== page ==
Rates dropped .125% last week continuing an unpredictable three-week down trend. The first catalyst was awful GDP data two Fridays ago, then last Friday began with a questionable jobs report and ended with S&P downgrading the U.S.
This picture I took best describes last week’s stunning volatility. Net result: mortgage bonds up, rates down. But not without wild swings that make advising clients an extreme sport. And it makes headlines of record rates deceiving. They’re here, then they’re gone. Below is last week’s recap, next week’s preview, and rate locking tips.
Why Rates Are Down
Rates drop when mortgage bonds rise on rallies, and that trend began after the July 29 2Q2011 GDP report showed weak 1.3% growth and 1Q was cut from 1.9% to 0.4%.
The week of August 1 showed manufacturing slowing, weakness in the jobs report fine print, Europe’s debt crisis spreading to France and Italy, and Washington’s long-awaited budget deal did nothing to support growth or address long-term issues.
So S&P downgraded the U.S. Friday, August 5 as an indictment of paralysis in Washington, and stocks best tell how that played out from August 8-12:
The Dow closed down 634, up 429, down 519, up 423, up 126.
Mortgage bond markets swung similarly, and just like stocks were net down, bonds were net up. Bond yields (or rates) move inversely to price, and this is why rates ended down.
The week of August 8 brought mildly encouraging data: jobless claims below 400k (at 395k) first time April, retail sales up most in four months. But this was overshadowed by Europe’s debt crisis and a Fed policy announcement explicitly stating they’d keep overnight rates near zero “at least through mid-2013” and remain open to more quantitative easing—bond buying to lower rates.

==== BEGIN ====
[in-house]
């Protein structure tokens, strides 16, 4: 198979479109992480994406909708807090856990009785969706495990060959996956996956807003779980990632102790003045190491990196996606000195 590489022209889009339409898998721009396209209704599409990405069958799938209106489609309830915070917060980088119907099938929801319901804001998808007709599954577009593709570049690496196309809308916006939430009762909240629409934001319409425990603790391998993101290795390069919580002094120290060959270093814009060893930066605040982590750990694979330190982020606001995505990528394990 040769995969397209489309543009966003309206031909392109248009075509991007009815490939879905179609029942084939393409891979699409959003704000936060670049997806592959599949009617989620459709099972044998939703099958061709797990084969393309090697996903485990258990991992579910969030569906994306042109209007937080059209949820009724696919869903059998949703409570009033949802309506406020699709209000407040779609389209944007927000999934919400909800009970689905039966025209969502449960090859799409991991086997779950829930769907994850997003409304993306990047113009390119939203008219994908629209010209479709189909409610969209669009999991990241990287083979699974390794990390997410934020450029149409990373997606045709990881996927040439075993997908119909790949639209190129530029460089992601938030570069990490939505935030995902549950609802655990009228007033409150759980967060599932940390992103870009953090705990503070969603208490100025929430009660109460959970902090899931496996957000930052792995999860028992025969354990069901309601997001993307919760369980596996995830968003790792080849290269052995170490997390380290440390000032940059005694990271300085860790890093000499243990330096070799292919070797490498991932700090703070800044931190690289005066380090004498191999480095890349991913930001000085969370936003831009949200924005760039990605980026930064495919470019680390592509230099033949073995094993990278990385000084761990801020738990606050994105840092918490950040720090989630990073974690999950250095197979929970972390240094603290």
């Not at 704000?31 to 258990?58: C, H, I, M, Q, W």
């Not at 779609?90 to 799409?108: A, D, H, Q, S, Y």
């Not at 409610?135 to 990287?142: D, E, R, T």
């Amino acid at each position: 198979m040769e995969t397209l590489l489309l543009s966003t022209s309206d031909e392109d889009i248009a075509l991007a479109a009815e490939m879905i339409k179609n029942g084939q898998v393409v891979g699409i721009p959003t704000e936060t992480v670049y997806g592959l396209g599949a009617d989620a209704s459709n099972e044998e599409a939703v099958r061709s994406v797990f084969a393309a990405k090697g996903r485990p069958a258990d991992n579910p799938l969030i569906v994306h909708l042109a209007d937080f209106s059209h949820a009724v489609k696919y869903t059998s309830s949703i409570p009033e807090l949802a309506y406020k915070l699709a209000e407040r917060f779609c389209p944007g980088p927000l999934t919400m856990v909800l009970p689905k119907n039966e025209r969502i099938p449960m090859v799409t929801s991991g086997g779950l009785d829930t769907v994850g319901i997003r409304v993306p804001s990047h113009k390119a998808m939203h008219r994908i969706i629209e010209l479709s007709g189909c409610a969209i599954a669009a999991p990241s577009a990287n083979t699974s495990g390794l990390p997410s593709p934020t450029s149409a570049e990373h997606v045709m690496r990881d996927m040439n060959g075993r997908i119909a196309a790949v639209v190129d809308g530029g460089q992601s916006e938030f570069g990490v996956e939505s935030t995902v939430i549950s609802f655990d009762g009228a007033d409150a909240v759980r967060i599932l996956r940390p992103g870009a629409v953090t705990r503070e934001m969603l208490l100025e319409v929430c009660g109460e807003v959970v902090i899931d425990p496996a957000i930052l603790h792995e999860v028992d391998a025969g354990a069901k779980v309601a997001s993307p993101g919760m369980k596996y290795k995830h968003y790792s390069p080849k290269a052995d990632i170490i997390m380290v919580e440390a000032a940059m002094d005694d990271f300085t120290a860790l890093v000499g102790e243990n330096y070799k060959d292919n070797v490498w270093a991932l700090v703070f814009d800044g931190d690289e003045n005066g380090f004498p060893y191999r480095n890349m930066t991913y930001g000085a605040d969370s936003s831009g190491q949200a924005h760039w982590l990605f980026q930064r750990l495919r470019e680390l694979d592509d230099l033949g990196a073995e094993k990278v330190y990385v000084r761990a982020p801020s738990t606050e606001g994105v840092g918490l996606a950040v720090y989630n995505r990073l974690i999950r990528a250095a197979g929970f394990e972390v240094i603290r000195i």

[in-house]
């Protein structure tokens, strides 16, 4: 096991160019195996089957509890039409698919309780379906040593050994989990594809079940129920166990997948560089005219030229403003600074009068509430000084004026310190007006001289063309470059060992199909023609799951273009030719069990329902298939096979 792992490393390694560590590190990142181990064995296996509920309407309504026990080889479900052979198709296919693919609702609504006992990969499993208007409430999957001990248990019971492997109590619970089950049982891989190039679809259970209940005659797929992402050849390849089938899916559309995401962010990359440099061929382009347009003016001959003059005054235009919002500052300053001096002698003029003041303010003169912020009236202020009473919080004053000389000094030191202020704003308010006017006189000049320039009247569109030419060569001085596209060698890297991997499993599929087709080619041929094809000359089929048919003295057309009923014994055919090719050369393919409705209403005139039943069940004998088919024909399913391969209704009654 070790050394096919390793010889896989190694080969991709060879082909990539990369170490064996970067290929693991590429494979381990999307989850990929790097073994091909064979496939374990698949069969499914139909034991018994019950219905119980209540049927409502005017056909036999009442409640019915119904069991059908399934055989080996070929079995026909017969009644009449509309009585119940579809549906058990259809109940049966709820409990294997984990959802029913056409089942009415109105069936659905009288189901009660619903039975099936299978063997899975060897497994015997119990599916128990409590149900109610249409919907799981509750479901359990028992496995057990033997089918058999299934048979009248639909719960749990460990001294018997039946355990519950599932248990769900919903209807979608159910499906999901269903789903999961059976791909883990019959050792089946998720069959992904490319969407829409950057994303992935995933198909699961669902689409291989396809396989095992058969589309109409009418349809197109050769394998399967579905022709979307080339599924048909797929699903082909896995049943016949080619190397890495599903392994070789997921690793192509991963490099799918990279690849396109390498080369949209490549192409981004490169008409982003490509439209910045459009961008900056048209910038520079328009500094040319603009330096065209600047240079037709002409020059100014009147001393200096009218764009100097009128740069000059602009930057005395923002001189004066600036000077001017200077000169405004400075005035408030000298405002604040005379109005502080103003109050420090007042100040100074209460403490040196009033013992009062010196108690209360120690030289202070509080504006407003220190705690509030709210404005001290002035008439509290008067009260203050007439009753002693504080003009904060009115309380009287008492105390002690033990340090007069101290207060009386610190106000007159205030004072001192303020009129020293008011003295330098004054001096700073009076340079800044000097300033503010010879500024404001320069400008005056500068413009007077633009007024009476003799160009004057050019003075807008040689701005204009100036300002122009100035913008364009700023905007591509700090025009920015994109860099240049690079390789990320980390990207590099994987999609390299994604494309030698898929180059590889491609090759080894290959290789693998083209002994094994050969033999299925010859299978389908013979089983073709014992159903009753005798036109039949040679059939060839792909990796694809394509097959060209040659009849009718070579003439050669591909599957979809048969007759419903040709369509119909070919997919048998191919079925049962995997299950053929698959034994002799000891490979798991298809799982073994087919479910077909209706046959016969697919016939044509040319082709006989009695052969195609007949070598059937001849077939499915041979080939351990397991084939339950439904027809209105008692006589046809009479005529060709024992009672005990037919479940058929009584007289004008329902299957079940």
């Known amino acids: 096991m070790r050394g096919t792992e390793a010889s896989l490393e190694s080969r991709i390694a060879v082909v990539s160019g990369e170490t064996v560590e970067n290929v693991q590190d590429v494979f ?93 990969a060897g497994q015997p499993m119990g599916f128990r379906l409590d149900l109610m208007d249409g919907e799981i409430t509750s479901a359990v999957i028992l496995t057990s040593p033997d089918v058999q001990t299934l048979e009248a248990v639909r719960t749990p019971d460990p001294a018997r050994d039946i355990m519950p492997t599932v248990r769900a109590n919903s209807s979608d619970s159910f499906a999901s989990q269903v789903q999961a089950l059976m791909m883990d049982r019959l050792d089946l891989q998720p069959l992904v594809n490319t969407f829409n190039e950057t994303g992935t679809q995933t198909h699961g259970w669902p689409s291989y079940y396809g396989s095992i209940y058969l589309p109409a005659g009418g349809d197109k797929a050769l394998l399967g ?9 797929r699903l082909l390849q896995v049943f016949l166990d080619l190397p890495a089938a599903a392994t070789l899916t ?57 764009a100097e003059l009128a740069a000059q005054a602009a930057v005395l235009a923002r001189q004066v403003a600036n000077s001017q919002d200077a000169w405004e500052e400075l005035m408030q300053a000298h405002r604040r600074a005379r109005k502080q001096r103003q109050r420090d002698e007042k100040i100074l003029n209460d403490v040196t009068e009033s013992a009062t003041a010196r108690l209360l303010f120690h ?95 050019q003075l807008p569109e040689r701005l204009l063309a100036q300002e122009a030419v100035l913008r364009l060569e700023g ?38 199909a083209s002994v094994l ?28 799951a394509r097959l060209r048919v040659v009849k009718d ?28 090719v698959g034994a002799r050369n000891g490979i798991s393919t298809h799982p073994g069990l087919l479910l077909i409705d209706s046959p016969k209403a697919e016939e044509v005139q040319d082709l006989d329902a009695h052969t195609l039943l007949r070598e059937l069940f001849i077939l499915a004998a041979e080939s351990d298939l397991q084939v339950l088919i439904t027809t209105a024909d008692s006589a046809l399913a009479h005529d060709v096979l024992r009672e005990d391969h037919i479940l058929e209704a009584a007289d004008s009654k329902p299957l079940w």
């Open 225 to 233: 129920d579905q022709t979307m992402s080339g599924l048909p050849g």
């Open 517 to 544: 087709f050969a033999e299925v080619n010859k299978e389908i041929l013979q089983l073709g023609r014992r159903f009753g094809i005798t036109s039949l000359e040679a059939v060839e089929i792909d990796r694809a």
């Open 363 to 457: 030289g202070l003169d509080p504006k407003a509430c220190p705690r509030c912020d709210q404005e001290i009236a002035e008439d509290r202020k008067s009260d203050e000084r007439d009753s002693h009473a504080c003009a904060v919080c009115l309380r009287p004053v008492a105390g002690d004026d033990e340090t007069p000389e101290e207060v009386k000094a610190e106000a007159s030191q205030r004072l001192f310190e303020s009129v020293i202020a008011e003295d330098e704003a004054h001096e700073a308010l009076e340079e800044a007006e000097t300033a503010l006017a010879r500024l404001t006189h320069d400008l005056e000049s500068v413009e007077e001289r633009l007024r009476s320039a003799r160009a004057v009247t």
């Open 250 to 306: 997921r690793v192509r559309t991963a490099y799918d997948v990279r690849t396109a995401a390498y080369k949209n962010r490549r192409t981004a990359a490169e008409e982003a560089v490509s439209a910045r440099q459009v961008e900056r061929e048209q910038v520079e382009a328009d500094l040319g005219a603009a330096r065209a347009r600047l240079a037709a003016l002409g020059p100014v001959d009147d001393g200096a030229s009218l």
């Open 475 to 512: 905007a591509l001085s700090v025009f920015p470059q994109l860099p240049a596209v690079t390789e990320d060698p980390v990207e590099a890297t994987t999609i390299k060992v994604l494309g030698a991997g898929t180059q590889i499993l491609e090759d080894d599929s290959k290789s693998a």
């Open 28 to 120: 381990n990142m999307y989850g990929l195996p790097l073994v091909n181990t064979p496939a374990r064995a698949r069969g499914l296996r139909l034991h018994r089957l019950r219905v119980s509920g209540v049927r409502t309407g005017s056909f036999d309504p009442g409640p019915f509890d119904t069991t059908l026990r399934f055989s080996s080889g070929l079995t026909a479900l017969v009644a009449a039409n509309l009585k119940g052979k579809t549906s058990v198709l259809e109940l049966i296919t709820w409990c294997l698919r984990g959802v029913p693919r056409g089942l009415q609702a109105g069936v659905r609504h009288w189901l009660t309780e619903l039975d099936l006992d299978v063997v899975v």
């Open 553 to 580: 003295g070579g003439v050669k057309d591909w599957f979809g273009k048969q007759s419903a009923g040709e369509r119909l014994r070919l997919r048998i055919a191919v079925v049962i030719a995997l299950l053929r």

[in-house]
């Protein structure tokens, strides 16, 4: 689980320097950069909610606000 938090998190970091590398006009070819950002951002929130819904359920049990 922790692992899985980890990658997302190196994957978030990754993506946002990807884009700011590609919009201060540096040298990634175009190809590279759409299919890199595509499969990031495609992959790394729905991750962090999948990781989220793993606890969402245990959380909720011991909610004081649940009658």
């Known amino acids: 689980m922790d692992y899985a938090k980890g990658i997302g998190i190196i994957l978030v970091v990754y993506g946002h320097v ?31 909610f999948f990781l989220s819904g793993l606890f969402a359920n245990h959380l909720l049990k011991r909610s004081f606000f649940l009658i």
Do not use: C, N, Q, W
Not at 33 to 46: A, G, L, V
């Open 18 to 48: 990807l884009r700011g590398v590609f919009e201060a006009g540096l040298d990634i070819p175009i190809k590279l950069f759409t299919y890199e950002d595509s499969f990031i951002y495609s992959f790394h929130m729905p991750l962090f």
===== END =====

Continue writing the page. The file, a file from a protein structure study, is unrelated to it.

That’s why cautious bets on bonds won the week and kept rates low.
Rate Outlook August 15-19
Next week brings critical manufacturing, housing and inflation data that all impact rates.
The Fed’s August New York and Philadelphia area manufacturing surveys are Monday and Thursday. New York manufacturing contracted last two months, and Philadelphia manufacturing rebounded in July (+3.2) from a big contraction (-7.7) in June. Rates will stay low if these numbers are weak.
Housing starts and building permits for July are Tuesday and existing home sales for July are Thursday. June housing starts were highest since January, but they’re still drastically off long term trend. June existing home sales were at at 7-month low. Again rates will stay low if these trends continue.
July producer and consumer inflation are Wednesday and Thursday. These figures are all within the 1-2% no-inflation-threat range, and there is no reason to expect surprises. Rates will most likely be neutral on this data.
We may see some unwinding of the post-Fed, post-downgrade bond rally that could push rates up slightly. But it will come down to these reports and developments in Europe.
Volatility & Rate Locks
As we enter further into uncharted economic territory, market volatility will continue and so will wild daily/weekly swings in mortgage rates.
When locking rates in this environment, remember that rate locking strategy isn’t like investing strategy. With investing, you stick with a plan and adjust slightly through short-term bumps. With rate locking, it’s a trading exercise.
You have to pick a high-end target that you can’t or won’t go above, and be ready to act whenever it’s there.
Since rates change throughout each trading day, make sure your mortgage advisor knows your target so they can lock your rate at a moment’s notice as markets dictate.
Keep your seatbelt on, and stay tuned: